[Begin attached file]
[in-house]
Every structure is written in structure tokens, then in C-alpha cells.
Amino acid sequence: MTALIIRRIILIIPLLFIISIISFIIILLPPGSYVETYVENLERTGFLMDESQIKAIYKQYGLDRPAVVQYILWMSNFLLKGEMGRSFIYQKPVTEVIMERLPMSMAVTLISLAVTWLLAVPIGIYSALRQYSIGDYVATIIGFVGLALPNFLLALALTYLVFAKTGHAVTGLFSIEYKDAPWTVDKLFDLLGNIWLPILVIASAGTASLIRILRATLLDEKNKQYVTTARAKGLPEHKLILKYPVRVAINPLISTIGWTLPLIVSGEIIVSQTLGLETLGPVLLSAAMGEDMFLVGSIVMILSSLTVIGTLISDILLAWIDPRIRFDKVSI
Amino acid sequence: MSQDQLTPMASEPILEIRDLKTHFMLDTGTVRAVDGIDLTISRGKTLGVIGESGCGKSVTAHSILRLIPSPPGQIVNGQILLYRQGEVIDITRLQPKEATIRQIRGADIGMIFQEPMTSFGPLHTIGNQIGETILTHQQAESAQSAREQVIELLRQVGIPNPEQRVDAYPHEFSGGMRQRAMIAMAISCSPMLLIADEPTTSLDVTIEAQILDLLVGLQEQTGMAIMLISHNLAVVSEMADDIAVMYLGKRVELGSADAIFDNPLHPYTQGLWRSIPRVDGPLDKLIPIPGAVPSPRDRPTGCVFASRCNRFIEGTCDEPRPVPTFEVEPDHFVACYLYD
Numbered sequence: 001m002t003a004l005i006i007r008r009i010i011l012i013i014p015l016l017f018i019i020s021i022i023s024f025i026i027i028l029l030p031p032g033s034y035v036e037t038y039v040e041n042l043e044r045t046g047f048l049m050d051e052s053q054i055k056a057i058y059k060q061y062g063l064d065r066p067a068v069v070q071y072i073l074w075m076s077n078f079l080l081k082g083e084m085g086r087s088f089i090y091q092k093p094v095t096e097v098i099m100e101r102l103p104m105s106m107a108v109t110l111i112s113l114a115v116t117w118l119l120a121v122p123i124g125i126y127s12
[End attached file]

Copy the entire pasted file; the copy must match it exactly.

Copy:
[in-house]
Every structure is written in structure tokens, then in C-alpha cells.
Amino acid sequence: MTALIIRRIILIIPLLFIISIISFIIILLPPGSYVETYVENLERTGFLMDESQIKAIYKQYGLDRPAVVQYILWMSNFLLKGEMGRSFIYQKPVTEVIMERLPMSMAVTLISLAVTWLLAVPIGIYSALRQYSIGDYVATIIGFVGLALPNFLLALALTYLVFAKTGHAVTGLFSIEYKDAPWTVDKLFDLLGNIWLPILVIASAGTASLIRILRATLLDEKNKQYVTTARAKGLPEHKLILKYPVRVAINPLISTIGWTLPLIVSGEIIVSQTLGLETLGPVLLSAAMGEDMFLVGSIVMILSSLTVIGTLISDILLAWIDPRIRFDKVSI
Amino acid sequence: MSQDQLTPMASEPILEIRDLKTHFMLDTGTVRAVDGIDLTISRGKTLGVIGESGCGKSVTAHSILRLIPSPPGQIVNGQILLYRQGEVIDITRLQPKEATIRQIRGADIGMIFQEPMTSFGPLHTIGNQIGETILTHQQAESAQSAREQVIELLRQVGIPNPEQRVDAYPHEFSGGMRQRAMIAMAISCSPMLLIADEPTTSLDVTIEAQILDLLVGLQEQTGMAIMLISHNLAVVSEMADDIAVMYLGKRVELGSADAIFDNPLHPYTQGLWRSIPRVDGPLDKLIPIPGAVPSPRDRPTGCVFASRCNRFIEGTCDEPRPVPTFEVEPDHFVACYLYD
Numbered sequence: 001m002t003a004l005i006i007r008r009i010i011l012i013i014p015l016l017f018i019i020s021i022i023s024f025i026i027i028l029l030p031p032g033s034y035v036e037t038y039v040e041n042l043e044r045t046g047f048l049m050d051e052s053q054i055k056a057i058y059k060q061y062g063l064d065r066p067a068v069v070q071y072i073l074w075m076s077n078f079l080l081k082g083e084m085g086r087s088f089i090y091q092k093p094v095t096e097v098i099m100e101r102l103p104m105s106m107a108v109t110l111i112s113l114a115v116t117w118l119l120a121v122p123i124g125i126y127s12